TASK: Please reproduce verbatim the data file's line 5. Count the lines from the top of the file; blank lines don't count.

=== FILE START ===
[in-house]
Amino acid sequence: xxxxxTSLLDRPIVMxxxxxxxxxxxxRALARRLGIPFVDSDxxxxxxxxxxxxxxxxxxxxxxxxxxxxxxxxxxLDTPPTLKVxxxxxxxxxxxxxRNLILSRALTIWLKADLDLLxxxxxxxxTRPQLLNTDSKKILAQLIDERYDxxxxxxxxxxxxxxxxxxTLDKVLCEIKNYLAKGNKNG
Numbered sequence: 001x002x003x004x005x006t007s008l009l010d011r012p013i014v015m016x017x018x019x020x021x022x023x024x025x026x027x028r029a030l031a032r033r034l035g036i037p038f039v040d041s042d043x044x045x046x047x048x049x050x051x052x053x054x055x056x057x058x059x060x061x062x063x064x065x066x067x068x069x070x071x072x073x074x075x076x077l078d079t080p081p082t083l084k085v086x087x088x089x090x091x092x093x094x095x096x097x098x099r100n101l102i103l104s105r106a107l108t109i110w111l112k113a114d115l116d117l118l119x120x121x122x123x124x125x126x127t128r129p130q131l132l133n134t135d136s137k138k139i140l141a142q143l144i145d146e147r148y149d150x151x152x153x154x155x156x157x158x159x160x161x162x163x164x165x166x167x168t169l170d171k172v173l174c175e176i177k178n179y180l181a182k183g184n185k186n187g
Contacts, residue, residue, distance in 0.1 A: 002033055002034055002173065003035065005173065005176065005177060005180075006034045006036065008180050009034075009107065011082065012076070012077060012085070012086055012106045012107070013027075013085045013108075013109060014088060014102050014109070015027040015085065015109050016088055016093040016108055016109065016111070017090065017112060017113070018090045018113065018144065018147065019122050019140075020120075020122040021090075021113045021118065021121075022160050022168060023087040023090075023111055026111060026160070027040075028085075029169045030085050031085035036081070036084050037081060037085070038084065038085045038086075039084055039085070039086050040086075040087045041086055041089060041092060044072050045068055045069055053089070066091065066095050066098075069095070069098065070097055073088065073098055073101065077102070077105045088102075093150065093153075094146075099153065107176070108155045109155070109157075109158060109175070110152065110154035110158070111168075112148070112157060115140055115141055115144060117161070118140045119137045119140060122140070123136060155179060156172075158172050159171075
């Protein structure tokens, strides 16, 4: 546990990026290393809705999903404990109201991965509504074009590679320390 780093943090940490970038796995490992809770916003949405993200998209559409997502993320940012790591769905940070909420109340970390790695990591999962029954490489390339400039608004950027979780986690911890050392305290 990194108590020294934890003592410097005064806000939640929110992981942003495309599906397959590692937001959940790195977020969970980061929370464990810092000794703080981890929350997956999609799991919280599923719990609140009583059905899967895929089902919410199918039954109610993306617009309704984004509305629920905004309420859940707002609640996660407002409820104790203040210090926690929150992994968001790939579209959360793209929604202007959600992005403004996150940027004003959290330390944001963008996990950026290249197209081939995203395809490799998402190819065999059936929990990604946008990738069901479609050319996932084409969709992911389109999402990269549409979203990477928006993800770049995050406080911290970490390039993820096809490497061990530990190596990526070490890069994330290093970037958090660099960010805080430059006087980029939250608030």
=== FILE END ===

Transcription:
């Protein structure tokens, strides 16, 4: 546990990026290393809705999903404990109201991965509504074009590679320390 780093943090940490970038796995490992809770916003949405993200998209559409997502993320940012790591769905940070909420109340970390790695990591999962029954490489390339400039608004950027979780986690911890050392305290 990194108590020294934890003592410097005064806000939640929110992981942003495309599906397959590692937001959940790195977020969970980061929370464990810092000794703080981890929350997956999609799991919280599923719990609140009583059905899967895929089902919410199918039954109610993306617009309704984004509305629920905004309420859940707002609640996660407002409820104790203040210090926690929150992994968001790939579209959360793209929604202007959600992005403004996150940027004003959290330390944001963008996990950026290249197209081939995203395809490799998402190819065999059936929990990604946008990738069901479609050319996932084409969709992911389109999402990269549409979203990477928006993800770049995050406080911290970490390039993820096809490497061990530990190596990526070490890069994330290093970037958090660099960010805080430059006087980029939250608030």